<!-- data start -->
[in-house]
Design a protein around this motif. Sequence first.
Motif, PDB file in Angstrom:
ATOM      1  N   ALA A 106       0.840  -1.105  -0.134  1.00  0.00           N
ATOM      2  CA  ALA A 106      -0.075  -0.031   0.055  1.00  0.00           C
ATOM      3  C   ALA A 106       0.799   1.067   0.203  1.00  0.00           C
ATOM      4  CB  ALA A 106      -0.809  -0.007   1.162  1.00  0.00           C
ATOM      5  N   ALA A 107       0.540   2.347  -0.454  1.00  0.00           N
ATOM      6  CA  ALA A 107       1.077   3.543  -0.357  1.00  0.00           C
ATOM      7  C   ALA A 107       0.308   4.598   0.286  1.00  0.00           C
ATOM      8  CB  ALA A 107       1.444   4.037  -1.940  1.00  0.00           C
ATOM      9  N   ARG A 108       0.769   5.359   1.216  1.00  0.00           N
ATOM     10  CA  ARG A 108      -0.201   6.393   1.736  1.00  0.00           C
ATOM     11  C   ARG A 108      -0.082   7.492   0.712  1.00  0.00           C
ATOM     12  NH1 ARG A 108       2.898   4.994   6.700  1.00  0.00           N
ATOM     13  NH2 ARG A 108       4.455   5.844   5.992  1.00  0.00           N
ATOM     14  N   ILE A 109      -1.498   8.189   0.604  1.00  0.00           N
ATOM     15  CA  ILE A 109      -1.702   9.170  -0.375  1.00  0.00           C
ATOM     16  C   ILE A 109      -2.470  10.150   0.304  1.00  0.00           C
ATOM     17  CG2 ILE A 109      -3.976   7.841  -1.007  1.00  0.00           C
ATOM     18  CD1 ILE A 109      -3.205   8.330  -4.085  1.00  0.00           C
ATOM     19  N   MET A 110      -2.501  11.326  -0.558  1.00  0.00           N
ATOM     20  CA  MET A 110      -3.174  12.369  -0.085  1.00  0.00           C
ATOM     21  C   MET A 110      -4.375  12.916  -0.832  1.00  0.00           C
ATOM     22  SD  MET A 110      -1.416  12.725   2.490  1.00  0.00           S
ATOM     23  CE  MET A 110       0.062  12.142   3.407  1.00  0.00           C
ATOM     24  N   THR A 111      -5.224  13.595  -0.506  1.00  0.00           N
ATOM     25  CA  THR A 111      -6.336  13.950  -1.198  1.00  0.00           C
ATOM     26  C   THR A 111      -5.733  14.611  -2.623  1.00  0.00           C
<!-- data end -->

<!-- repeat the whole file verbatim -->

[in-house]
Design a protein around this motif. Sequence first.
Motif, PDB file in Angstrom:
ATOM      1  N   ALA A 106       0.840  -1.105  -0.134  1.00  0.00           N
ATOM      2  CA  ALA A 106      -0.075  -0.031   0.055  1.00  0.00           C
ATOM      3  C   ALA A 106       0.799   1.067   0.203  1.00  0.00           C
ATOM      4  CB  ALA A 106      -0.809  -0.007   1.162  1.00  0.00           C
ATOM      5  N   ALA A 107       0.540   2.347  -0.454  1.00  0.00           N
ATOM      6  CA  ALA A 107       1.077   3.543  -0.357  1.00  0.00           C
ATOM      7  C   ALA A 107       0.308   4.598   0.286  1.00  0.00           C
ATOM      8  CB  ALA A 107       1.444   4.037  -1.940  1.00  0.00           C
ATOM      9  N   ARG A 108       0.769   5.359   1.216  1.00  0.00           N
ATOM     10  CA  ARG A 108      -0.201   6.393   1.736  1.00  0.00           C
ATOM     11  C   ARG A 108      -0.082   7.492   0.712  1.00  0.00           C
ATOM     12  NH1 ARG A 108       2.898   4.994   6.700  1.00  0.00           N
ATOM     13  NH2 ARG A 108       4.455   5.844   5.992  1.00  0.00           N
ATOM     14  N   ILE A 109      -1.498   8.189   0.604  1.00  0.00           N
ATOM     15  CA  ILE A 109      -1.702   9.170  -0.375  1.00  0.00           C
ATOM     16  C   ILE A 109      -2.470  10.150   0.304  1.00  0.00           C
ATOM     17  CG2 ILE A 109      -3.976   7.841  -1.007  1.00  0.00           C
ATOM     18  CD1 ILE A 109      -3.205   8.330  -4.085  1.00  0.00           C
ATOM     19  N   MET A 110      -2.501  11.326  -0.558  1.00  0.00           N
ATOM     20  CA  MET A 110      -3.174  12.369  -0.085  1.00  0.00           C
ATOM     21  C   MET A 110      -4.375  12.916  -0.832  1.00  0.00           C
ATOM     22  SD  MET A 110      -1.416  12.725   2.490  1.00  0.00           S
ATOM     23  CE  MET A 110       0.062  12.142   3.407  1.00  0.00           C
ATOM     24  N   THR A 111      -5.224  13.595  -0.506  1.00  0.00           N
ATOM     25  CA  THR A 111      -6.336  13.950  -1.198  1.00  0.00           C
ATOM     26  C   THR A 111      -5.733  14.611  -2.623  1.00  0.00           C